Outcomes after revision fixation with cement augmentation for failed intertrochanteric fracture fixation in older adult patients Journal Article uri icon
  • INTRODUCTION: Intertrochanteric (IT) fractures that fail fixation are traditionally treated with arthroplasty, introducing significant risk of morbidity and mortality in frail older adult patients. Revision fixation with cement augmentation is a relatively novel technique that has been reported in several small scale international studies. Here we report a clinical series of 22 patients that underwent revision fixation with cement augmentation for IT fracture fixation failure. METHODS: This retrospective case series identified all patients that underwent revision intramedullary nailing from 2018 to 2021 at two institutions within a large metropolitan healthcare system. Demographics, injury characteristics, Charlson Comorbidity Index score, and surgical characteristics were extracted from the electronic medical record. Outcomes were extracted from the electronic medical record and included radiographic findings, pain, functional outcomes, complications, and mortality. RESULTS: Average follow-up after revision surgery was 15.2 ± 10.6 months. Twenty patients (90.9%) reported improved pain and achieved union or progressive healing after surgery. Most of these patients regained some degree of independent ambulation (19 patients, 86.4%), with only 5 patients (22.7%) requiring increased assistance for their activities of daily living (ADLs). One-year mortality was 13.6% (3 patients). Of the 5 patients (22.7%) that experienced complications, 2 patients (9.1%) required revision hemiarthroplasty for subsequent fixation failure. The other 3 patients did well when complications resolved. CONCLUSIONS: Revision fixation with cement augmentation can be an effective, safe, cost-effective alternative to arthroplasty for the management of cases involving non-infected failed IT fracture fixation with implant cut-out or cut-through limited to the femoral head in older adult patients that have appropriate acetabular bone stock.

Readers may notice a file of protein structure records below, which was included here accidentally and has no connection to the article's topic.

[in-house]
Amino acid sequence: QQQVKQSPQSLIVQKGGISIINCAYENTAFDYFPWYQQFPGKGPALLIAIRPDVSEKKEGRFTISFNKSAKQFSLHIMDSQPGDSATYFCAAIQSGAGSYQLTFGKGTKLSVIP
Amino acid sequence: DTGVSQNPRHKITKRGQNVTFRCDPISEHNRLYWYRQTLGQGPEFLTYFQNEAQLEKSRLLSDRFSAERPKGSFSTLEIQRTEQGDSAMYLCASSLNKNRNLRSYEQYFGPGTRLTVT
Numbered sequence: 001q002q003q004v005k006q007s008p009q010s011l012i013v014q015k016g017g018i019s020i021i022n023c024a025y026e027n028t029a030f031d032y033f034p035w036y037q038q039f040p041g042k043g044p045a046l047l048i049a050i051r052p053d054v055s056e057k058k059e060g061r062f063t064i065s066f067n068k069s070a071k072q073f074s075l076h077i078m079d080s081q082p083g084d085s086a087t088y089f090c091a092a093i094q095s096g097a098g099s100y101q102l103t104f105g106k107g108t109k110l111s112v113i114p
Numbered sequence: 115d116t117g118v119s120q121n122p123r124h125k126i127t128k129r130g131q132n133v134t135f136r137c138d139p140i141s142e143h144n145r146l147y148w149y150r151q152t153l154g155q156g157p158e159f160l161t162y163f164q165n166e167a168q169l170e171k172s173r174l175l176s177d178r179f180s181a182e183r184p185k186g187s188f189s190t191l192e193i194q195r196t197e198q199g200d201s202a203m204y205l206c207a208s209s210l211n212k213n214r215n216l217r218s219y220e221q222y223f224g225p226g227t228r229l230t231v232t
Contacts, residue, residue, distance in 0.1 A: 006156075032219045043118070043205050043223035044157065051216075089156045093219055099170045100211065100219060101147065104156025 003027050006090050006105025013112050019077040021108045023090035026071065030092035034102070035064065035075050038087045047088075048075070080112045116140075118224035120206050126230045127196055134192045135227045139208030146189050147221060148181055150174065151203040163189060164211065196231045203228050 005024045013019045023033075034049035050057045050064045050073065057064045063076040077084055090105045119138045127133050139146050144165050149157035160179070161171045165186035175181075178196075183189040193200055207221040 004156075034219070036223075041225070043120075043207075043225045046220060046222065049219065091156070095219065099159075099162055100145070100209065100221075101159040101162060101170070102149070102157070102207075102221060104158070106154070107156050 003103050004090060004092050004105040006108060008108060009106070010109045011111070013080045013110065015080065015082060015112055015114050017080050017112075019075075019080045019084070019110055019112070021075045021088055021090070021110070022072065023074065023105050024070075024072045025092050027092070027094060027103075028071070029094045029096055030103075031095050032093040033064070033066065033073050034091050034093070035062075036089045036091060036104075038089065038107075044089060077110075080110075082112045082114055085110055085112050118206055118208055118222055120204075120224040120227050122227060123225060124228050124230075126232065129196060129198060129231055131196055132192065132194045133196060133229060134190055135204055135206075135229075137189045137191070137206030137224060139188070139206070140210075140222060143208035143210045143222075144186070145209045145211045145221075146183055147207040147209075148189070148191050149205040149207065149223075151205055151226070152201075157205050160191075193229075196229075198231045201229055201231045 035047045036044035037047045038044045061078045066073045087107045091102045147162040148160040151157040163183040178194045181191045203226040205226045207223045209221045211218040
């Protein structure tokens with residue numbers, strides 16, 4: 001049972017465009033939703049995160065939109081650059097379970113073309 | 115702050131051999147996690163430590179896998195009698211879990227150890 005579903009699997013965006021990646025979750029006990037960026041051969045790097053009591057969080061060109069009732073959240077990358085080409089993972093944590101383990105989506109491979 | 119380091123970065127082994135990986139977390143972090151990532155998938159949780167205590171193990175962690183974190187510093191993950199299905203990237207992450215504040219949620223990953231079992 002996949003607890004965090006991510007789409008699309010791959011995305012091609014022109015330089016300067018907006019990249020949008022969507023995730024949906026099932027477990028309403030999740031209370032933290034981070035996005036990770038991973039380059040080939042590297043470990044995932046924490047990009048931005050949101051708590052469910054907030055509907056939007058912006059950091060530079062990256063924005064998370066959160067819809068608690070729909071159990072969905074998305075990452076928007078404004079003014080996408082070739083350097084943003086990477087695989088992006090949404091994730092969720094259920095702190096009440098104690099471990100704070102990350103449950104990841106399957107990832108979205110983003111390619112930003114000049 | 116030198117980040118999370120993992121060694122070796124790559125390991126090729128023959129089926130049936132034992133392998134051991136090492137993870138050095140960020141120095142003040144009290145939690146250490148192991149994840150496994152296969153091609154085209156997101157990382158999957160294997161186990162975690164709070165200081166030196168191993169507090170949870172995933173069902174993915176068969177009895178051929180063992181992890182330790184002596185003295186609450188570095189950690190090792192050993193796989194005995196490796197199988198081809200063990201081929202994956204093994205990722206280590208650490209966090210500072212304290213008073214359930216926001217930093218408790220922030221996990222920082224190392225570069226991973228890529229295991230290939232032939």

• Link to Article
    publication date
  • 2022
  • Research
  • Aging and Geriatrics
  • Fractures
  • Orthopedics
  • Osteoporosis
  • Surgery
  • Additional Document Info
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